How To Spot A Vulnerable Horse Racing Favourite
As the popularity of the betting exchanges grows, so more and more people are looking to profit from horse racing by laying horses to lose. But what is the best strategy? On the face of it, one might think that simply betting that the outsider will lose is a quick way to make easy money. In reality, the best horse to bet against is the race favourite.
Betting that the outsider at 20/1 will lose will be fine to start with, and doubtless you will soon develop a winning run of profits. However, sooner rather than later that 33/1 shot with ‘absolutely no chance’ will come home in front, and you may well have laid him at a price of 52.00 (for example) on Betfair. BOOM! There goes all your hard-earned winnings, and more!
Generally a horse will be the favourite because it has the weight of the market’s money behind it, which forces the price down. Simple economics. There will be a point however, where the horse’s price is too low compared to it’s actual chance of winning. Beyond this ‘true’ price is where the layers will start to make a profit.
So we go ahead with this strategy, and we proceed to lay every favourite, right? Wrong.
Horse racing favourites are often priced too low. This is how bookmakers have made their profit for generations. But they are not priced too low every time – sometimes a favourite is the most likely horse to win a race for very good reason.
If we took the simplified approach of laying every favourite, after a while betting on the exchanges we would remain around the break even point, because the exchange markets are a very efficient barometer of probability. However, after paying commission on our winnings, we would watch our account slowly draining away like water down a plug-hole. Not good.
So how do we know which favourites are true favourites, and which are weak or vulnerable?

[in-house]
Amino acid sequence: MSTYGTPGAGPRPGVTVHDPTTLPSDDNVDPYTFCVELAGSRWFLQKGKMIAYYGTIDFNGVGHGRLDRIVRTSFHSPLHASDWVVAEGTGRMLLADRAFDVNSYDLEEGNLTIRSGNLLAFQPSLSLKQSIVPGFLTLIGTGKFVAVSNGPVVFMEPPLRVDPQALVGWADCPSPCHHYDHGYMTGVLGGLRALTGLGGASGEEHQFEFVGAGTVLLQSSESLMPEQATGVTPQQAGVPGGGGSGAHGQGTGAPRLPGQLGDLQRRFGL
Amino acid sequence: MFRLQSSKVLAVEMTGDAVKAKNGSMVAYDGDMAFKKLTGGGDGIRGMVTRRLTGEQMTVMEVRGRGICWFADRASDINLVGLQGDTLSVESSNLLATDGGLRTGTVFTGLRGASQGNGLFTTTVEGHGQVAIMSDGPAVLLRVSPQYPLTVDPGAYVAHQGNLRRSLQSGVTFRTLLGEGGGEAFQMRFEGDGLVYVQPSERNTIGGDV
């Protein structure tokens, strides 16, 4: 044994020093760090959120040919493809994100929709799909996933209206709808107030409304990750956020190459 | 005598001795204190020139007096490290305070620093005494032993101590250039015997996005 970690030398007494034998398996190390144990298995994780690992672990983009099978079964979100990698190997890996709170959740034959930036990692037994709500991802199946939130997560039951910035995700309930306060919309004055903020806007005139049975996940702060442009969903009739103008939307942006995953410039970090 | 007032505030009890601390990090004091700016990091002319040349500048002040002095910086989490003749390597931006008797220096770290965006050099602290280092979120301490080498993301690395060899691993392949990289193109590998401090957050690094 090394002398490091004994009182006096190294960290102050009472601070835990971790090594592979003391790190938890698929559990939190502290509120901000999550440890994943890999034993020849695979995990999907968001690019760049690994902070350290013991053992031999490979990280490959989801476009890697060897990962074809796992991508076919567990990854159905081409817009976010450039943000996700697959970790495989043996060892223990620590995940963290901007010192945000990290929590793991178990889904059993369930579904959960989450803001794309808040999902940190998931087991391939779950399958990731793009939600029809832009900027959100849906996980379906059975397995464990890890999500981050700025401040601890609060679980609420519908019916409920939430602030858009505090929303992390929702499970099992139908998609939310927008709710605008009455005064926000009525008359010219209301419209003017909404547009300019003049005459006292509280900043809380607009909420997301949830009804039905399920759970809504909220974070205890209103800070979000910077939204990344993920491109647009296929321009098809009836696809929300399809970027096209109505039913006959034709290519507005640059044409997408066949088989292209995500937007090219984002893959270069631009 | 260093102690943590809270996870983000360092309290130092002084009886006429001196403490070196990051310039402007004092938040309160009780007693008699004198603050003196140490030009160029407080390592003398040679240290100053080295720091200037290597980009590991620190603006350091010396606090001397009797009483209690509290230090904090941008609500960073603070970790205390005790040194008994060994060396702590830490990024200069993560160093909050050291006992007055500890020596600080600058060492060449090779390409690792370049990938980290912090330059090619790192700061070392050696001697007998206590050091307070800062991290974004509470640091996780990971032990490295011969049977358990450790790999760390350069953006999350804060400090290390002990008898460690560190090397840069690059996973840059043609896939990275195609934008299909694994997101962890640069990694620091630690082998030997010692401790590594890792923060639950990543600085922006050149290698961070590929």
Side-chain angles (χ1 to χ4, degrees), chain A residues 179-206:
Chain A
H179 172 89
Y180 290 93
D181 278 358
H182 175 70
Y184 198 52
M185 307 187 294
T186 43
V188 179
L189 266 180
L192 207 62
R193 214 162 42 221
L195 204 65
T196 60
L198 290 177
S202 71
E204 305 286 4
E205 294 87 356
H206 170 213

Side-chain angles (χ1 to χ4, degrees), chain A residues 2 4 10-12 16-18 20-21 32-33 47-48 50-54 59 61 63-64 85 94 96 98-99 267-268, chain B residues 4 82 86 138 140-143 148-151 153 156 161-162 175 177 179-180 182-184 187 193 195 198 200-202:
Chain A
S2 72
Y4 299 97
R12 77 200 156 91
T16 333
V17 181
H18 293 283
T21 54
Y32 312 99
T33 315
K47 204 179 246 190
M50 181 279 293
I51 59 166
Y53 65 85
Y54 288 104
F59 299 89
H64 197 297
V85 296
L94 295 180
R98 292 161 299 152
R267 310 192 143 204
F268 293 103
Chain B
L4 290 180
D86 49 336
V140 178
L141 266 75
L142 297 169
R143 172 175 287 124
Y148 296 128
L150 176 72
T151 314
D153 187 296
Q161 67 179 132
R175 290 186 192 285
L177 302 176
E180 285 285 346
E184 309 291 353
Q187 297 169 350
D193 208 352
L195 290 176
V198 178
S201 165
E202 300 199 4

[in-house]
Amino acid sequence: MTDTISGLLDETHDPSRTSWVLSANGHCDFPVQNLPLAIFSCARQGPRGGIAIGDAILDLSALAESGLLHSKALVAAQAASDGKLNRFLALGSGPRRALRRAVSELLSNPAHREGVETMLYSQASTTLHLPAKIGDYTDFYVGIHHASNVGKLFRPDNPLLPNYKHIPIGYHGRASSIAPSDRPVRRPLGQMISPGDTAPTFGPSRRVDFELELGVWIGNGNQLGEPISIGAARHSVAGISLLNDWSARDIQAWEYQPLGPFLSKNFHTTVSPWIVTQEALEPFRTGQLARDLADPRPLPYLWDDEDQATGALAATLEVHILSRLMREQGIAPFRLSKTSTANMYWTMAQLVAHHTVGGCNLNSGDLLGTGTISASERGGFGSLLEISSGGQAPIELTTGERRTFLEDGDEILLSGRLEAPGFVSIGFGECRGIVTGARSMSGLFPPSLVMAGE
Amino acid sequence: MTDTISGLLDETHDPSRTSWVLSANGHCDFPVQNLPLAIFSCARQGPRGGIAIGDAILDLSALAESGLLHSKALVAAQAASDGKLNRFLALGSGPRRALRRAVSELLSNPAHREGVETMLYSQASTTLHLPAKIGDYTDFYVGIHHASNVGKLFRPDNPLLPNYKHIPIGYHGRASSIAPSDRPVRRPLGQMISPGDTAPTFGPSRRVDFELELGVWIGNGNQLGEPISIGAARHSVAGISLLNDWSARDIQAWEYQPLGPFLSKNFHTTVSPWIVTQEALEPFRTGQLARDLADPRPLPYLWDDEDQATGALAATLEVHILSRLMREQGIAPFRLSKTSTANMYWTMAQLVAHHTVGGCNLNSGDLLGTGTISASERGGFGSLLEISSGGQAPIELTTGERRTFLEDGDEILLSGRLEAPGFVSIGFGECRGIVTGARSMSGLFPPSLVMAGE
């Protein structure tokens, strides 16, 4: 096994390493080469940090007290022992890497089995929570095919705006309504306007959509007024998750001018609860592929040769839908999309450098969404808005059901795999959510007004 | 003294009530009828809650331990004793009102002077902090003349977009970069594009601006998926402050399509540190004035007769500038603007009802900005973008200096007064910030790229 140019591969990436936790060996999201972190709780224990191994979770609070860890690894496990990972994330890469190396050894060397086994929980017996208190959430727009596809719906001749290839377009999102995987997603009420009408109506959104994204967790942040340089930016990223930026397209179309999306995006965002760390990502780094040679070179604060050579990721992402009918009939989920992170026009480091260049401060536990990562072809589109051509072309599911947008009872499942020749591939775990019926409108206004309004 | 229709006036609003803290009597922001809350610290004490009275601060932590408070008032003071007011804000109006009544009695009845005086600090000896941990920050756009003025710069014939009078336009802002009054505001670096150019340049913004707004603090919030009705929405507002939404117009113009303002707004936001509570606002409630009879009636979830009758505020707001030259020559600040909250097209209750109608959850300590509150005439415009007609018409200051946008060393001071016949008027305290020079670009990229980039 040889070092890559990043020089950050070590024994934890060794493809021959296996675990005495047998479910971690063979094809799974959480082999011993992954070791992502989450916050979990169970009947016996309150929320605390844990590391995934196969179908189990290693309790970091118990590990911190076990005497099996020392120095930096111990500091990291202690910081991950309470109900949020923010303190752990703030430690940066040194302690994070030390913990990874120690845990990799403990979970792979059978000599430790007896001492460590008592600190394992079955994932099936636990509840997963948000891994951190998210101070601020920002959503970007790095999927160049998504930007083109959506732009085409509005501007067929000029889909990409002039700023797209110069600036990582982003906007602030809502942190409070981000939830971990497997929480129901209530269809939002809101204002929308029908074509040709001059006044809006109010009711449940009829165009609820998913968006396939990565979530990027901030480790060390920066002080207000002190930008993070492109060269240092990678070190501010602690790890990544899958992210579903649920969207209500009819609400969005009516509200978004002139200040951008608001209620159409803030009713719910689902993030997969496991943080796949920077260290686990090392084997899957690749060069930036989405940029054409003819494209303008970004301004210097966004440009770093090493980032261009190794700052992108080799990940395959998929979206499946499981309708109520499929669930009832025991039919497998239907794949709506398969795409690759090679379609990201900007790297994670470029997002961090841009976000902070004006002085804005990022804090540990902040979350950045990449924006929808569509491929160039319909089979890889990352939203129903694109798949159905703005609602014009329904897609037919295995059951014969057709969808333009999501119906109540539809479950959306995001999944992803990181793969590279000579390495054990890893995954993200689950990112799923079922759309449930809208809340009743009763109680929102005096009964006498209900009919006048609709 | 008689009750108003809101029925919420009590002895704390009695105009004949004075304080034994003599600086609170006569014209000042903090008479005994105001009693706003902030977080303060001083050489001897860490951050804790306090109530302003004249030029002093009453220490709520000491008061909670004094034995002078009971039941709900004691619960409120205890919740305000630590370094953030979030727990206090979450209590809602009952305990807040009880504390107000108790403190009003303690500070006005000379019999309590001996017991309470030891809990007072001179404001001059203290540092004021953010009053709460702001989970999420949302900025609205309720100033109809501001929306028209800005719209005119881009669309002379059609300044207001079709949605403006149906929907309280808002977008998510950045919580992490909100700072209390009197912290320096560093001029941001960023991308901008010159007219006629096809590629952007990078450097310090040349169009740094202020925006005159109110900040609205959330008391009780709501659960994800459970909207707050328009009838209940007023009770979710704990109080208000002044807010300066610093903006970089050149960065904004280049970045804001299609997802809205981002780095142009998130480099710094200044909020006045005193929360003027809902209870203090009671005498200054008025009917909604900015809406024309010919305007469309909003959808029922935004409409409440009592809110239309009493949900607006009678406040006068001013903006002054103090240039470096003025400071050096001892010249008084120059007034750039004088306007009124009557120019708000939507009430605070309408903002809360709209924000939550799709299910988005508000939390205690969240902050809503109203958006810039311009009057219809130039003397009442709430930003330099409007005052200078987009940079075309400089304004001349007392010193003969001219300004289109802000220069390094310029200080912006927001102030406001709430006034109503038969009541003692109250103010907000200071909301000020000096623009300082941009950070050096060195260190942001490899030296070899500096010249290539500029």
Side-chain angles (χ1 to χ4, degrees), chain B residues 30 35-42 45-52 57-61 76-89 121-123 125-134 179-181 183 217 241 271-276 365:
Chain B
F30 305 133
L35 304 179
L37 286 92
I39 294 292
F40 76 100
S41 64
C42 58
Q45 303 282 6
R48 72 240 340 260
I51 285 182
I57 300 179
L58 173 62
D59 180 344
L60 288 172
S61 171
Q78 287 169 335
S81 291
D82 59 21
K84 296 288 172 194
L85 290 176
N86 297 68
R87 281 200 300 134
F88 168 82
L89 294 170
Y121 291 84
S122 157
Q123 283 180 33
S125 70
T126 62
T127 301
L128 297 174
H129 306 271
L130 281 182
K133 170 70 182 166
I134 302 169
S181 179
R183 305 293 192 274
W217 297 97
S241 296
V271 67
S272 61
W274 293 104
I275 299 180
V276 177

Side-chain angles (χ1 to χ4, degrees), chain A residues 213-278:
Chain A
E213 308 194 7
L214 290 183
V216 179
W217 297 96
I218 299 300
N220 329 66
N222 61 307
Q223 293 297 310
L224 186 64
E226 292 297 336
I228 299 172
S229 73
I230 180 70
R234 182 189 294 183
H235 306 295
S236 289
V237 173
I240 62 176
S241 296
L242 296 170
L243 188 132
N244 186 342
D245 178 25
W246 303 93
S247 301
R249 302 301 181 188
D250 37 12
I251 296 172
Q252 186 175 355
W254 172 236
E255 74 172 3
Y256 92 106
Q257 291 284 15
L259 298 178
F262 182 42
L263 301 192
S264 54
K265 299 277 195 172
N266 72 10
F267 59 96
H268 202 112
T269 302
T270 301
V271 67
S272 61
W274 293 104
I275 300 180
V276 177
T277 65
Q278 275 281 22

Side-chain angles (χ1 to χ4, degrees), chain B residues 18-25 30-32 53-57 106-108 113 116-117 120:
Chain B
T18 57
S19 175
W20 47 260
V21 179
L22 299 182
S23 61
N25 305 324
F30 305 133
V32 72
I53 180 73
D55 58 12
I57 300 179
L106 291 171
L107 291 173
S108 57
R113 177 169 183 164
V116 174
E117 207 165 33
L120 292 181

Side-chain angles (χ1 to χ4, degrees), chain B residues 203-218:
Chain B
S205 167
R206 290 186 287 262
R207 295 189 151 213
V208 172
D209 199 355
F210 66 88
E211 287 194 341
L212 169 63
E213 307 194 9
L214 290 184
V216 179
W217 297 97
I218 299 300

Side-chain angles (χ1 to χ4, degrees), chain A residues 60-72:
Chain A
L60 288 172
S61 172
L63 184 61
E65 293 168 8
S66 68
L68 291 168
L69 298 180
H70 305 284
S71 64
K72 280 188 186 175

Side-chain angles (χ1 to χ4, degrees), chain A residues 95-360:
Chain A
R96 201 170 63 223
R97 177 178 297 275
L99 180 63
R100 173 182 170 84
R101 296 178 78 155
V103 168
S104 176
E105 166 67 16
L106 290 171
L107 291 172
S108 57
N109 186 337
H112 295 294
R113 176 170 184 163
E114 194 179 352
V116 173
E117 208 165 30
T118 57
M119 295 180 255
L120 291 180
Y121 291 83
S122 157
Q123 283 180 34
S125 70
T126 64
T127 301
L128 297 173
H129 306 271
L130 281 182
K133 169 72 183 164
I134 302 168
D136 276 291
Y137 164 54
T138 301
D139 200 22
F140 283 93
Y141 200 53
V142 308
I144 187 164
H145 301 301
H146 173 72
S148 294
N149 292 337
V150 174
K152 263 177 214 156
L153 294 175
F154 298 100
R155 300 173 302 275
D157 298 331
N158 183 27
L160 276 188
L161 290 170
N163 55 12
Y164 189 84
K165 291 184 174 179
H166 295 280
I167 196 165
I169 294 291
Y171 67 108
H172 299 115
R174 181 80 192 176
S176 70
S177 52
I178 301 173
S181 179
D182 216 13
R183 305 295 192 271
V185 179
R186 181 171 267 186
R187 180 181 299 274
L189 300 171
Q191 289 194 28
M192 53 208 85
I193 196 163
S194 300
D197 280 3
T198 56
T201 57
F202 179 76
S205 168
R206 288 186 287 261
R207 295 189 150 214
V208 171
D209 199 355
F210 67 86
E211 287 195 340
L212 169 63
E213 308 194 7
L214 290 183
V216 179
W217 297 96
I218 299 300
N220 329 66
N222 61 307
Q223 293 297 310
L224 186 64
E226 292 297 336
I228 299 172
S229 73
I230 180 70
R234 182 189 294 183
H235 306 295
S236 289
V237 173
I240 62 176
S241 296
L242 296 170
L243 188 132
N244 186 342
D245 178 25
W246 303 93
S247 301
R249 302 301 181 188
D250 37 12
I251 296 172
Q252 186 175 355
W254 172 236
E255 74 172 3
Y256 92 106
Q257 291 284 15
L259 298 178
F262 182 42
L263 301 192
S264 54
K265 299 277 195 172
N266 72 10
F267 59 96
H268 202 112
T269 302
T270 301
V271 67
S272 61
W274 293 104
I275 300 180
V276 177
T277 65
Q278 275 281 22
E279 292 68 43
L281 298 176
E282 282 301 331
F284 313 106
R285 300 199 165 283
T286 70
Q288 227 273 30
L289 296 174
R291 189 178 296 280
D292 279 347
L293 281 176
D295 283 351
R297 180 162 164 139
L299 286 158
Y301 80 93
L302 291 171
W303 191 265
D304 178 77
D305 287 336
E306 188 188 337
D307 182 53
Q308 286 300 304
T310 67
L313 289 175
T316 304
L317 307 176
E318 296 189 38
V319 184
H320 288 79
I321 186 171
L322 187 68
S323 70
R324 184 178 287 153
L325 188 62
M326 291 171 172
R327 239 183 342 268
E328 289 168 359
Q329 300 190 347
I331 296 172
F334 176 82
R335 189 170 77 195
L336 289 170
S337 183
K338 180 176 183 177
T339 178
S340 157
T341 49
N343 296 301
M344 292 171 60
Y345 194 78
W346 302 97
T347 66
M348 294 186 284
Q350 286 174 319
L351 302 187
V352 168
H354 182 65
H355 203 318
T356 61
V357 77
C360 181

One method is to analyse the positive aspects of a horse’s form. It will not surprise you to learn that more favourites win when they have fewer question marks against them. This is not rocket science, but taking the time to separate strong contenders from weak favourites will give you the ‘edge’ to make that all-important profit.
Below is a list of form criteria you can apply to the market leader in any given race:
1. Horse and Class: Must have shown the ability or obvious potential to seriously compete in the class of today's race.
2. Horse and Track: Must have proven ability on either today's track or one with similar characteristics.
3. Horse and Recent Form: Analysis of general form over the last few weeks.
4. Horse and Race Distance: Must have shown the ability or obvious potential to run competitively over today's distance.
5. Horse and Draw: Highlight any obvious disadvantage if applicable.
6. Horse and Going: Must have shown an obvious ability to handle today's ground.
7. Trainer and Track: Trainer must have at least a 10% strike rate on today's track.
8. Trainer and Recent Record: Trainer must have had at least two placed or one winning horse in the last 14 days.
9. Jockey and Track: Jockey must have at least a 10% strike rate on today's track.
Rating a favourite as ‘weak’ or otherwise is entirely subjective, but you may determine (for example) that a horse with 3 or more question marks or negatives over their form would be considered a horse worth opposing.
As always the question of price will come into the equation. A horse with several boxes left to ‘tick’ in the list above may be a favourite in a weak race at 5/1. This may be a fair price, and you may not want to get involved in laying him to lose.
On the other hand, when a 2yo filly steps hoof onto the track for the first time, and is offered at odds-on simply because she is ridden by Frankie Dettori on behalf of the Godolphin training empire, then you may want to consider taking her on.
In summary: race favourites are often a profitable source of potential Lay Bets, as they are often ‘over-bet’ and offered at prices too low compared to their actual chance of winning. Take the time to analyse key aspects of the horse’s form and judge whether they are a ‘strong’ or ‘weak’ favourite. If you decide they are vulnerable to defeat and the price is short enough, then you have identified a good lay bet.
Source: Free Articles from ArticlesFactory.com
ABOUT THE AUTHOR
Max Redd has been making a living betting on horse racing for over 10 years. He runs the Redd Racing betting advisory service which offers members a FREE trial and a 60-day money-back profit guarantee. Find out more at http://www.reddracing.co.uk